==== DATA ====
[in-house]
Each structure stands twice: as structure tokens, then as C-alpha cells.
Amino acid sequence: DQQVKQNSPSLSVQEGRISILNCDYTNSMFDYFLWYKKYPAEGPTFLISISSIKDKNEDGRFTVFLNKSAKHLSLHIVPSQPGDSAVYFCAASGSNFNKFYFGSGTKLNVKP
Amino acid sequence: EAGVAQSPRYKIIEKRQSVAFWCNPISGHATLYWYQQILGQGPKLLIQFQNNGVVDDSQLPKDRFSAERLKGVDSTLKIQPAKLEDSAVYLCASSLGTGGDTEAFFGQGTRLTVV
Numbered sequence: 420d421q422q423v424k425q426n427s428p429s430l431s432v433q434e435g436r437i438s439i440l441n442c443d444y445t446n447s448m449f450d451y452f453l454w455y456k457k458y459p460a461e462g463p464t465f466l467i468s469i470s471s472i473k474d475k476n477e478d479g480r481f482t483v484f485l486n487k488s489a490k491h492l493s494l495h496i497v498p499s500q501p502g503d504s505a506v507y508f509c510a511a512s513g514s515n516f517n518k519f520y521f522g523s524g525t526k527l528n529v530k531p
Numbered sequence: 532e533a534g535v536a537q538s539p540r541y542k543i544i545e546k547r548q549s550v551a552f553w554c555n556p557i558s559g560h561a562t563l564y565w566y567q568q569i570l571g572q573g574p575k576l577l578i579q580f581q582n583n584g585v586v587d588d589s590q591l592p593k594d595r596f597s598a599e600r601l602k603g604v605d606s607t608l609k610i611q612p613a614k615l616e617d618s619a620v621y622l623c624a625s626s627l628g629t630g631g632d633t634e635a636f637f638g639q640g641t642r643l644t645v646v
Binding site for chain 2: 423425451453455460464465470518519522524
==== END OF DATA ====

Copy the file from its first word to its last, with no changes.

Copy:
[in-house]
Each structure stands twice: as structure tokens, then as C-alpha cells.
Amino acid sequence: DQQVKQNSPSLSVQEGRISILNCDYTNSMFDYFLWYKKYPAEGPTFLISISSIKDKNEDGRFTVFLNKSAKHLSLHIVPSQPGDSAVYFCAASGSNFNKFYFGSGTKLNVKP
Amino acid sequence: EAGVAQSPRYKIIEKRQSVAFWCNPISGHATLYWYQQILGQGPKLLIQFQNNGVVDDSQLPKDRFSAERLKGVDSTLKIQPAKLEDSAVYLCASSLGTGGDTEAFFGQGTRLTVV
Numbered sequence: 420d421q422q423v424k425q426n427s428p429s430l431s432v433q434e435g436r437i438s439i440l441n442c443d444y445t446n447s448m449f450d451y452f453l454w455y456k457k458y459p460a461e462g463p464t465f466l467i468s469i470s471s472i473k474d475k476n477e478d479g480r481f482t483v484f485l486n487k488s489a490k491h492l493s494l495h496i497v498p499s500q501p502g503d504s505a506v507y508f509c510a511a512s513g514s515n516f517n518k519f520y521f522g523s524g525t526k527l528n529v530k531p
Numbered sequence: 532e533a534g535v536a537q538s539p540r541y542k543i544i545e546k547r548q549s550v551a552f553w554c555n556p557i558s559g560h561a562t563l564y565w566y567q568q569i570l571g572q573g574p575k576l577l578i579q580f581q582n583n584g585v586v587d588d589s590q591l592p593k594d595r596f597s598a599e600r601l602k603g604v605d606s607t608l609k610i611q612p613a614k615l616e617d618s619a620v621y622l623c624a625s626s627l628g629t630g631g632d633t634e635a636f637f638g639q640g641t642r643l644t645v646v
Binding site for chain 2: 423425451453455460464465470518519522524